Ken's Journal
No. 5 - Summer 2005

Seen On the Road in Alaska -- Hatcher Pass and Around Denali.
June 2005

The Little Susitna River - on the road to Hatcher Pass - which was still closed because of glaciation over the winter. This stream is carrying glacial melt from several glaciers - primarily the Mint and the Snowbird glaciers in the mountains north of Anchorage. Supposed to be great trout and grayling fishing - perhaps I'll try it later!

Shot out the window - an unnamed hill on the way to Hatcher Pass. The road is called the Fishhook-Willow Road and winds east to west north of Houston, Wasilla and Palmer. This is a great 40 mile road, mostly dirt and well graded - unfortunately, the pass was not expected to be opened until mid-July. Perhaps I'll pass by this way later this summer. Here, we're above the tree-line in the transition to alpine tundra. The snow should be gone by the end of July or so.

A panorama of the mountain group dominated by Denali (Mt McKinley). Unfortunately, Denali is hiding in the clouds. Locals say that only one in three tourists actually see Denali on their vacation - the mountain spends most of it's time in hiding. This shot was from an overlook on the Geo W Parks highway - the Denali North View and Campground in the Denali State Park. This is a large rest area with parking for large RVs and campers - no electric, water or sewer. I was back by this way two weeks after this was taken and the cloud cover was worse. I parked the motorhome so this was the view out the front window hoping that the clouds would clear by morning - didn't happen. Perhaps later in the summer I'll try again!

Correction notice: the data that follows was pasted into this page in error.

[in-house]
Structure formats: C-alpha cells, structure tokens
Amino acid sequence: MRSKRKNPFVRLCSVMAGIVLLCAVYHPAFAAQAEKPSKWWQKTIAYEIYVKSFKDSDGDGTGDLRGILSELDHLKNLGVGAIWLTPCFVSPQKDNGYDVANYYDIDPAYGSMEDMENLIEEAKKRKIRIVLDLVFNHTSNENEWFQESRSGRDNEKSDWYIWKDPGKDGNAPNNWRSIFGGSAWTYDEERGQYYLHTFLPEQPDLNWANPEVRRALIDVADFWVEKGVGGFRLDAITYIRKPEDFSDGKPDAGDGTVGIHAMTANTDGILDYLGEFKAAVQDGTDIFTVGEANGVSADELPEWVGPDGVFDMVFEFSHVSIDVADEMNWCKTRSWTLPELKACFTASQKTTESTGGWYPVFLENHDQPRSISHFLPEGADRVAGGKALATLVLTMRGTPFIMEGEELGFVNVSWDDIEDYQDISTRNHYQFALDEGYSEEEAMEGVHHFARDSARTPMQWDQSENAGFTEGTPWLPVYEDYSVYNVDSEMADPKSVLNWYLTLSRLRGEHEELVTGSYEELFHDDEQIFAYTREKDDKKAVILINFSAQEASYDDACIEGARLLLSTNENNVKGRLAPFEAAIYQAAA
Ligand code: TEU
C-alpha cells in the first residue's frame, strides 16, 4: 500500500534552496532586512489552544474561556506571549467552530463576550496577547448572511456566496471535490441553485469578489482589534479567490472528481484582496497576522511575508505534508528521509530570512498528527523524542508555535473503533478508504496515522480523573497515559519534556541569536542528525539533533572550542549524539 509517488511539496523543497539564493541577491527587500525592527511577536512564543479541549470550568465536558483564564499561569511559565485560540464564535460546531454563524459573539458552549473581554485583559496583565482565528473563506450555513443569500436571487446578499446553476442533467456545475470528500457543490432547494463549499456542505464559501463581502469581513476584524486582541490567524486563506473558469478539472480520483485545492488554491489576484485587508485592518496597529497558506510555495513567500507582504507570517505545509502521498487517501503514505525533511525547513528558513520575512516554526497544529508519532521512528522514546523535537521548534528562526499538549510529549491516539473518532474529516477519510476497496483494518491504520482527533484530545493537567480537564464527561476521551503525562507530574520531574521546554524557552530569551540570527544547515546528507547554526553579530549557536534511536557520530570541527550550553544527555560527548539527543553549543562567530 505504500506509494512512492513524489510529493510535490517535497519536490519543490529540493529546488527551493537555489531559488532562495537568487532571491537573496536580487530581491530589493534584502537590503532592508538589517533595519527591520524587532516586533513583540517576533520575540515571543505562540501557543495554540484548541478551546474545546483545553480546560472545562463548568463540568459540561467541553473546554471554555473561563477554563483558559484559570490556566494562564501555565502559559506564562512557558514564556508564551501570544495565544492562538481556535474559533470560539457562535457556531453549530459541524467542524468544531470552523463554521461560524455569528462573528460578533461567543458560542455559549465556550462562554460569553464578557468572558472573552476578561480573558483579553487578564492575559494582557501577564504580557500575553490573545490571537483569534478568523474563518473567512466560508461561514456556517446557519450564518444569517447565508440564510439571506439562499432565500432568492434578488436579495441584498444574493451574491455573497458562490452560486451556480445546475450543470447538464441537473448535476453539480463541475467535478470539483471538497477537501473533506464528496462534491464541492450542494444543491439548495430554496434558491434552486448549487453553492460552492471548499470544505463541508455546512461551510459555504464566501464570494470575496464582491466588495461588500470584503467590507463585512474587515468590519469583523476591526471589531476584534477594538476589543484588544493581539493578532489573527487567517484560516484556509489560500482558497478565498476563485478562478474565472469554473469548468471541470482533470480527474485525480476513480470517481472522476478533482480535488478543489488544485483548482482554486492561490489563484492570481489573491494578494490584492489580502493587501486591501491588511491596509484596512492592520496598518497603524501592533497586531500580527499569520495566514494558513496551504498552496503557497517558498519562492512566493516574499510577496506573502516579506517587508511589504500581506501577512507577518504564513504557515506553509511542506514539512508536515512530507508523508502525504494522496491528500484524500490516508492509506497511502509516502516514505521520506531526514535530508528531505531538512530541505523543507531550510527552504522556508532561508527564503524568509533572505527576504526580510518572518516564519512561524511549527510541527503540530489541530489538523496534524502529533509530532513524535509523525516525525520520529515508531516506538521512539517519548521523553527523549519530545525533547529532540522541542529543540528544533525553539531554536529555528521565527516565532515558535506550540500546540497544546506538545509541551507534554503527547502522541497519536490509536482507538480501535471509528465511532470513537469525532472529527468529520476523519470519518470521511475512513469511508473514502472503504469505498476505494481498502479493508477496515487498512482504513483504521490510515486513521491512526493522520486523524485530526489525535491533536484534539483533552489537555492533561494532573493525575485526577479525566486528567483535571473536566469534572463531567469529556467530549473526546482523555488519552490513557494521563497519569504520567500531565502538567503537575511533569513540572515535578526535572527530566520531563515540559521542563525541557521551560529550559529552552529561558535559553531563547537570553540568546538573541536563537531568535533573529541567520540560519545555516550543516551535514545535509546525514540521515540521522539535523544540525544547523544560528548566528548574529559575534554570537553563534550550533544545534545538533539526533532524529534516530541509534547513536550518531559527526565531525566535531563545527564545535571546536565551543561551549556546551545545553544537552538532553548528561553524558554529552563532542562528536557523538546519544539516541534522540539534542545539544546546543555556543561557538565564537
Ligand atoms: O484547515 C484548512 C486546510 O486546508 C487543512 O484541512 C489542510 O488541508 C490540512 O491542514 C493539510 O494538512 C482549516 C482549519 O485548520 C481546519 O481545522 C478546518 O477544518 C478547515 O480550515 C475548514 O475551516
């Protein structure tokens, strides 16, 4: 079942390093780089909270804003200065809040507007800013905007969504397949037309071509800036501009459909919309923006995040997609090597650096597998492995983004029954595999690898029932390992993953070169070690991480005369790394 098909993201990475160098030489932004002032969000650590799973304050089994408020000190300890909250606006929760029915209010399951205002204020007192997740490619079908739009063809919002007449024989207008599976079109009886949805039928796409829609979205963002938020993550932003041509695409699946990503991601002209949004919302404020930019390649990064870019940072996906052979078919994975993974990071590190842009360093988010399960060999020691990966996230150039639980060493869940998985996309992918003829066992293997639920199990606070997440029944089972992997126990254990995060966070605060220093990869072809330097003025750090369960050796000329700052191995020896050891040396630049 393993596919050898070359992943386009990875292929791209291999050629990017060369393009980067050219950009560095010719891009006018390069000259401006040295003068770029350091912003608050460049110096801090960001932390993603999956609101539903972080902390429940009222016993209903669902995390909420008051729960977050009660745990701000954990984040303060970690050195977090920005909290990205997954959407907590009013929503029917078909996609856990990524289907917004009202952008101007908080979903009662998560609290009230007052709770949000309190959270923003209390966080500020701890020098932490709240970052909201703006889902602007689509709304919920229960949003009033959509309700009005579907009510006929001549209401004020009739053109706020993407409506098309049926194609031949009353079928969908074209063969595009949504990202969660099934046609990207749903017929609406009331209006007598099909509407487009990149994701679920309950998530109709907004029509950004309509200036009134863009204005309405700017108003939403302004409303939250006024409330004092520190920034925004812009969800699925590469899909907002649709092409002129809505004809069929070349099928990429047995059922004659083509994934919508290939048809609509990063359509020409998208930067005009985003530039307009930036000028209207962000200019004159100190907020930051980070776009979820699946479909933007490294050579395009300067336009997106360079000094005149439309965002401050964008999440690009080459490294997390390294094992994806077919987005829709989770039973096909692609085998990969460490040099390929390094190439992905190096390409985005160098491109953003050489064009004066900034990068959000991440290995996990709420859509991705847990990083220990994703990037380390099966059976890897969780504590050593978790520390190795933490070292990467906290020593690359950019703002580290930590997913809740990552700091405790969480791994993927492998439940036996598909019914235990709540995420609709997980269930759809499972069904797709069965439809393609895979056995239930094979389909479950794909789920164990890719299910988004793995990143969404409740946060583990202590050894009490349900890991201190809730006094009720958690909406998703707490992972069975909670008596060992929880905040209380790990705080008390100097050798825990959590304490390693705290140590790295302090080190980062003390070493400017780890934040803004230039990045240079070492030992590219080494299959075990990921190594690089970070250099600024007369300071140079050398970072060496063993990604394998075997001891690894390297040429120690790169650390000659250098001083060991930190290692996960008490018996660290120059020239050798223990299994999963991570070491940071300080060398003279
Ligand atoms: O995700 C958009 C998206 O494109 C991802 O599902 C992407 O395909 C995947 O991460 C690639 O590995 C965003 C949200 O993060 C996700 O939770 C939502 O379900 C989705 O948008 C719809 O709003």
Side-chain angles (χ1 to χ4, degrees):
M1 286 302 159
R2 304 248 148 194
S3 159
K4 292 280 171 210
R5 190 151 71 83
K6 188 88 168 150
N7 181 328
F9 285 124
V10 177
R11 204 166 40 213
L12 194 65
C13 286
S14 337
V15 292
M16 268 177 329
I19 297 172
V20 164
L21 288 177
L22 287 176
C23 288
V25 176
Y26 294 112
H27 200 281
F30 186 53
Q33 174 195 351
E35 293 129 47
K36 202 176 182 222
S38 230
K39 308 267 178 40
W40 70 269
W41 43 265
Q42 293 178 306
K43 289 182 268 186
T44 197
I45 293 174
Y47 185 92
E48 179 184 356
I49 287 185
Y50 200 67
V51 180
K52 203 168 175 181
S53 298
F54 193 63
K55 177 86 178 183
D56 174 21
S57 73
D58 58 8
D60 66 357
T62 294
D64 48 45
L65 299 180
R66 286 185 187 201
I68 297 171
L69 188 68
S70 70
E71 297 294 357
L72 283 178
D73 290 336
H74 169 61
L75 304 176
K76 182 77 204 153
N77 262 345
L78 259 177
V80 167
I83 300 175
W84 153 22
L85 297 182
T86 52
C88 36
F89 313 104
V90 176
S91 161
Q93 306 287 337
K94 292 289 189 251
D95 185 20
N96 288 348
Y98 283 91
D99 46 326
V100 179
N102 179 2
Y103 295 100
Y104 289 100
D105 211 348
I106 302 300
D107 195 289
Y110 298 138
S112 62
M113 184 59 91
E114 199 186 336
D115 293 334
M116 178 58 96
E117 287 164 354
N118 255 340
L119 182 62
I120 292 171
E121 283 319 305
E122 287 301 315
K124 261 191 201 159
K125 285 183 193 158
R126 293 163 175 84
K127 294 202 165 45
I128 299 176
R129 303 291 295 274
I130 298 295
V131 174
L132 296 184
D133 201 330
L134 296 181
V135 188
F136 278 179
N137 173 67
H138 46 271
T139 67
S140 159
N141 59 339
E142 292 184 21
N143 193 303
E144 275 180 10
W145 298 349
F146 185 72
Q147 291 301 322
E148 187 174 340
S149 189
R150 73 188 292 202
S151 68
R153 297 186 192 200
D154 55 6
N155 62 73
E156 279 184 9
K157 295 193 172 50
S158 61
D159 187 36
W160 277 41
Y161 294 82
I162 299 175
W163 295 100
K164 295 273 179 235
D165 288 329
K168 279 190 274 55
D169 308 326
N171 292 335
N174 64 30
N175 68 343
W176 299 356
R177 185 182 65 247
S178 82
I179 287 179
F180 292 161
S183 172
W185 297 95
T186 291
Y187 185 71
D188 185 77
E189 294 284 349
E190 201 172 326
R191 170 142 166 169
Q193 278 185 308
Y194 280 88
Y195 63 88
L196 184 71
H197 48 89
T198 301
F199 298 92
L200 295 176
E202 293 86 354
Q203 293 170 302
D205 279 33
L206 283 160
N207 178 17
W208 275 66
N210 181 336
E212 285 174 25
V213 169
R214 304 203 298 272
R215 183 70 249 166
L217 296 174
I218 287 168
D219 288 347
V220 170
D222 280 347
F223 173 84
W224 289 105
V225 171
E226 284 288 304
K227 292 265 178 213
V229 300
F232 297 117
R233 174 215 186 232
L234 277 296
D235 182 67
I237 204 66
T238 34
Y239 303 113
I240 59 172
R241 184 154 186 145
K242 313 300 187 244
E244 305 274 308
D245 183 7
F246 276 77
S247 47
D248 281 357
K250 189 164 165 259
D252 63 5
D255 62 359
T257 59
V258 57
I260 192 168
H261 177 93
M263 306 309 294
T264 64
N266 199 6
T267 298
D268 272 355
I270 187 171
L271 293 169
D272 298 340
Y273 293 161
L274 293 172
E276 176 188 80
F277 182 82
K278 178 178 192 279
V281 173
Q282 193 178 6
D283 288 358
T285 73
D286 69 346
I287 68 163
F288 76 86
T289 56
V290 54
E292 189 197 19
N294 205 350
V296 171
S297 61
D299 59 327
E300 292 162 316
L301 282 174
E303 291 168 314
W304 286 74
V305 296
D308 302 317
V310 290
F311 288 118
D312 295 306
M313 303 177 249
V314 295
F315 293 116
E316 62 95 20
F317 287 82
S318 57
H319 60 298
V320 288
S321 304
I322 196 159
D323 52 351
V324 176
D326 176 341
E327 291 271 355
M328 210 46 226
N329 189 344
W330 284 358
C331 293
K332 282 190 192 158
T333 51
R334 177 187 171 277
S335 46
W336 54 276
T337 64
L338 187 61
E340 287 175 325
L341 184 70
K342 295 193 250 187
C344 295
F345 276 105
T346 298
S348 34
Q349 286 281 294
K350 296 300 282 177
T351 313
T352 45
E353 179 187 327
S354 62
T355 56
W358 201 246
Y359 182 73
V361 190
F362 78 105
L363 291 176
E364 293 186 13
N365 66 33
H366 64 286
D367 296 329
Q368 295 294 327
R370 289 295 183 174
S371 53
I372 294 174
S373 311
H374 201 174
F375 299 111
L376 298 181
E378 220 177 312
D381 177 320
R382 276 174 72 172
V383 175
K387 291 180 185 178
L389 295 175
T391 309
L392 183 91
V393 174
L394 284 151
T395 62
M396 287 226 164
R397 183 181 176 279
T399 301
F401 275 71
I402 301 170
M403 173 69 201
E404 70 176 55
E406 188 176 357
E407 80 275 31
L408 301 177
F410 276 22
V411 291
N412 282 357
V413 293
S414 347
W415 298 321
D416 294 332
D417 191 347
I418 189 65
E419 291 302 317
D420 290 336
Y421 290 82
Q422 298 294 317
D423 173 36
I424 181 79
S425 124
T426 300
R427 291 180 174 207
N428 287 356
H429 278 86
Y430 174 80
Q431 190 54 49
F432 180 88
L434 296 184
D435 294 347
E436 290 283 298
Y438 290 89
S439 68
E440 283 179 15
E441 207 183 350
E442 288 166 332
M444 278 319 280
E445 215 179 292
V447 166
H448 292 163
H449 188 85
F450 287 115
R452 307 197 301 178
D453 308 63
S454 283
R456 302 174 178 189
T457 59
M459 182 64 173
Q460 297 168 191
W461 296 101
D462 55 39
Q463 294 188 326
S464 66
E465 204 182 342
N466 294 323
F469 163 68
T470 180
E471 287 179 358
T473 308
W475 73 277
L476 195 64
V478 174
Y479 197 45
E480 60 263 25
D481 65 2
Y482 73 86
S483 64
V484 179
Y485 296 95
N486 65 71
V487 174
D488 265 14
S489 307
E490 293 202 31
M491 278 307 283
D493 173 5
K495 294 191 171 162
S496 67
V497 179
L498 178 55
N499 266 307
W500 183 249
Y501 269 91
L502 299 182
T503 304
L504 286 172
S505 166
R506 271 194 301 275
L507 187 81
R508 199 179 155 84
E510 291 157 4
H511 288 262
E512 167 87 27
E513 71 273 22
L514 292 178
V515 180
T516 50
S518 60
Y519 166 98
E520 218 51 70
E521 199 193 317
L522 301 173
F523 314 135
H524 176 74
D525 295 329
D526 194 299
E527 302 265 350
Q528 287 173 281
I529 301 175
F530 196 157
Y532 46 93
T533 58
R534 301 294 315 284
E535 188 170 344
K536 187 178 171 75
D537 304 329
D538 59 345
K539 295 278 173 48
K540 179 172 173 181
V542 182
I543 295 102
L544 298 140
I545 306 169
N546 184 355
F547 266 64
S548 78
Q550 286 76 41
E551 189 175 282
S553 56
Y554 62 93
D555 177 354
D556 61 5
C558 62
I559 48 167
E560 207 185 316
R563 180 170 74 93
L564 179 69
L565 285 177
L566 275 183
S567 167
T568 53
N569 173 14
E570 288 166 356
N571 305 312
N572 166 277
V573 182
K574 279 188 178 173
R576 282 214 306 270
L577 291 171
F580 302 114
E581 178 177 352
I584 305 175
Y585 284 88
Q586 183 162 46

On the Petersville Road - one of the many streams trying to drain the muskeg - imagine an area where the water table is only down a half inch from the surface of the soil !!

Also on the Petersville Road. This is a 30 mile, dead-end dirt road that leads west and north from Trapper Creek on the Parks Highway. Originally it was built as a mining road and today is popular with 4-wheelers and snow machines. It's also used as a jumping off point for hikes into the Denali back-country. Here, not only was the left lane closed, it had slid a couple hundred feet down the hill-side.

Inside Denali National Park. I was in for the day just to explore along the first few miles of the park road - see below. This landscape is called tiaga - just below the tree-line - the trees are sparse and stunted.

More scenery inside Denali National Park.

The Denali Park Road is some 92 miles long, but only the first 14 miles is freely accessible to the public. Access to the rest of the road is strictly controlled. You can take your RV to one of the 5 Campgrounds in the park - you must stay three nights and there is no water, electric or sewer - you must be self-sufficient and once parked in a site, you can't move until you are on your way out. You can also take one of the park shuttle buses into the park - at a cost of course. You can get off anywhere you wish, but you may have a few buses pass you by if you then want to go deeper into the park. The round-trip, beginning to end, takes some 11 hours with no stops - plan your trip to this National Park well. I'll be back later this summer for a more extensive visit and hope to score a few days in one of the campgrounds deep inside the park - along with a pass for the shuttle bus system.

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